Dr. Perry Spitzer: The art and science of feeding cows

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Looking after cows is both an art and a science, and many factors play a role. Cows are ruminant animals that eat forage plants that are chewed and swallowed to the large stomach, where the mixture of plant material and fluid supports a population of microbes that help digest the feed. Ruminants all re-chew this material to decrease the size of the particles, so it can be more completely digested. In general, this process involves the cow collecting the material by grazing and then re-chewing it while they rest. However, in our area, grazing just doesn’t work well for all 12 months of the year. In the Peace region, the period of time we need to supply stored forages to the cow is long and offers many challenges.

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Weather affects the feed program in the winter in several ways. The cow’s protection from the cold is the hair coat, her thick skin and the layer of flesh under the skin. Conditions that take the heat away from her core increase the needs of the cow. Ambient temperature is one aspect, but if you add in wind chill, wet conditions and having to lie down on frozen ground, things begin to ramp up.

Less flesh on her body makes it more difficult for a cow to keep warm. With experience and some training, a beef producer can learn to recognize the body condition of his cattle. A system for this has been developed called body condition scoring. This estimates the flesh cover on the cow by assessing the sharpness of the points of her skeleton that can most easily be checked, like her pelvis points, shoulder, spine and ribs. This system gives us a scientific way of keeping track of changing body condition.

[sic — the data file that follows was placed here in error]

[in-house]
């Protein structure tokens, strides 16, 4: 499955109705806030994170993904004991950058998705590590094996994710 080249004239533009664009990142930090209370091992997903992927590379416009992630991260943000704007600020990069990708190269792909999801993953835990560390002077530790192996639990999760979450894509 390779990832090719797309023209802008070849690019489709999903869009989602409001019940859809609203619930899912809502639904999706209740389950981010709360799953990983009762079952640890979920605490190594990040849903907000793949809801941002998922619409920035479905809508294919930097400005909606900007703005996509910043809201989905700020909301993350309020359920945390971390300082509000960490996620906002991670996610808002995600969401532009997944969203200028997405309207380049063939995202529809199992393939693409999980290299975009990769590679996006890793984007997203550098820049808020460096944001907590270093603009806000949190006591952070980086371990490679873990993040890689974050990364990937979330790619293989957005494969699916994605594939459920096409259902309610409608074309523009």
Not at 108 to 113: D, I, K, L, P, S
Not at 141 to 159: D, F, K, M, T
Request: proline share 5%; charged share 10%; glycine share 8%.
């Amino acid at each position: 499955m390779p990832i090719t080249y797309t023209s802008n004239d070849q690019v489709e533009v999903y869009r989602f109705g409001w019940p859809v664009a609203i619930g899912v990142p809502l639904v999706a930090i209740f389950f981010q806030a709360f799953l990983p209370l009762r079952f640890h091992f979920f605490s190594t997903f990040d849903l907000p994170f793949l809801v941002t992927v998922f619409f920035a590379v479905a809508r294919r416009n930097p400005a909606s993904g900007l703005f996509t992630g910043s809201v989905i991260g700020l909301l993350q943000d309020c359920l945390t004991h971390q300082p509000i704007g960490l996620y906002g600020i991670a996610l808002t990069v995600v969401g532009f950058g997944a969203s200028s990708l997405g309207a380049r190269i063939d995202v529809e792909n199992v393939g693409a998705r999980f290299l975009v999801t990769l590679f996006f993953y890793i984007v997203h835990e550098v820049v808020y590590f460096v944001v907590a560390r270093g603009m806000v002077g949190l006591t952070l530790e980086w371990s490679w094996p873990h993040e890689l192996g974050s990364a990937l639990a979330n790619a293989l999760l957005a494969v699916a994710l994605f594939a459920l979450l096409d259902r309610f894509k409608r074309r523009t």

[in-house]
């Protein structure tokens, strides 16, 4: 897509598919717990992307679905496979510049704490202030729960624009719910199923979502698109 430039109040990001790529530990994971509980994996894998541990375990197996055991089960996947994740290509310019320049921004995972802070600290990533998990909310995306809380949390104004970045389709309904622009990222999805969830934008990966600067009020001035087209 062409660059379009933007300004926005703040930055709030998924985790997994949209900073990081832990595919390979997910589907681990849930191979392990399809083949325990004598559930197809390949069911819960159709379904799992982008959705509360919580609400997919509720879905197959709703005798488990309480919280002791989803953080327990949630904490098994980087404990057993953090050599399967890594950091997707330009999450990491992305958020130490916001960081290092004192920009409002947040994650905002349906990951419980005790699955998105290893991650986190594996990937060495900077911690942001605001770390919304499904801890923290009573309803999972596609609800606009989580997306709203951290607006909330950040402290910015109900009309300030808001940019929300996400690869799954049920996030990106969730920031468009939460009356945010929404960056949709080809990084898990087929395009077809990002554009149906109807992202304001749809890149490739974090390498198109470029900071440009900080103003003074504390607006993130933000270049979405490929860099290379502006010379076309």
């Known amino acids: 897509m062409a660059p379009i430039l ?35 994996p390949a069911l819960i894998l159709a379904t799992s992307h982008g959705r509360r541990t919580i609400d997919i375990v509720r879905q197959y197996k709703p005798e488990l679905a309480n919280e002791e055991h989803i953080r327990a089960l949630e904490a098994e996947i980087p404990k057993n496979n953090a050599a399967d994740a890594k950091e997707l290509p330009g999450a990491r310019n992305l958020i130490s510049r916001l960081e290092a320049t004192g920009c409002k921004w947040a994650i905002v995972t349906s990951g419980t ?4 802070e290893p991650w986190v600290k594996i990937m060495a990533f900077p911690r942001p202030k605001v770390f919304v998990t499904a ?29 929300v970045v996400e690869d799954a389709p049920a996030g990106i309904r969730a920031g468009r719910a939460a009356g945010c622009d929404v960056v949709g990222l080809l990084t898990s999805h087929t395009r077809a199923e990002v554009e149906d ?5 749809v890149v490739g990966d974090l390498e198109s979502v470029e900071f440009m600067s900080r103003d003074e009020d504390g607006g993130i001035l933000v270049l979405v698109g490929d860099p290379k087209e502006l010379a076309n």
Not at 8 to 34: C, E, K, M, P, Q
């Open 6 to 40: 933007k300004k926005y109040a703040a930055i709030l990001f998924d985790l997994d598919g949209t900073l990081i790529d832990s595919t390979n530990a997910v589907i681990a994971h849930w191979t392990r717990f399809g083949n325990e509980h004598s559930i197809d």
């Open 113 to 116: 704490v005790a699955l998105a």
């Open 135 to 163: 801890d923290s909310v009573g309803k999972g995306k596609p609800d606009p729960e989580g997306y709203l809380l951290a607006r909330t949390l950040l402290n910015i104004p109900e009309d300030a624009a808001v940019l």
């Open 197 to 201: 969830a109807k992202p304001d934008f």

There are also some other little things to remember. Younger cows are still trying to grow and don’t compete for the feed as well with their mature herd mates. Older cows can have similar competition issues. These are the cows to watch for change. Wide bellies don’t necessarily mean fat cows – it’s better to look at their back. Flesh is round, and as the cow loses condition, the cow’s back starts to look flat (or even hollow) between the points of her skeleton.

Cows are expected to calve every year in most beef herds, and they often need to go through the winter season when they get into the last part of their pregnancy. During this stage, the fetal calf increases dramatically in size, demanding more nutrition. If the cows drop body condition during this part of pregnancy, it is extremely difficult to reverse the situation.

There are ways to calculate how much to feed beef cows at various stages of production. If you analyze your forage, several computer programs exist that will help calculate how much to feed. Usually a margin for feed waste and errors must be included. These can all be calculated at your desk.

The art of applying feed calculations does require some practice. Learn to recognize the body condition score of your cattle. Walk through frequently with a critical eye on their body condition, especially the younger, smaller ones and the older ones. Plan for increases to their feed in the late part of pregnancy, and plan to add or improve feed during poor weather. Wind breaks and bedding always help with temperature regulation. Set out extra feed, as the intake of feed rises when the thermometer drops. Add energy sources to the ration like cereal grains, or changing to better forages. Also, don’t forget that even though snow is a water source, it requires body heat to melt the snow into water. Offering open water to drink is best.

Science can help develop rations and score the condition of the cows, but it takes time to develop the art of adjusting for the ever-changing variables Mother Nature throws at us. As we have all heard before, ‘if it was easy, everyone would be doing it.’

Dr. Perry Spitzer is an owner and director of North Peace Veterinary Clinic Ltd. with his life and veterinary partner, Dr. Corinne Spitzer.

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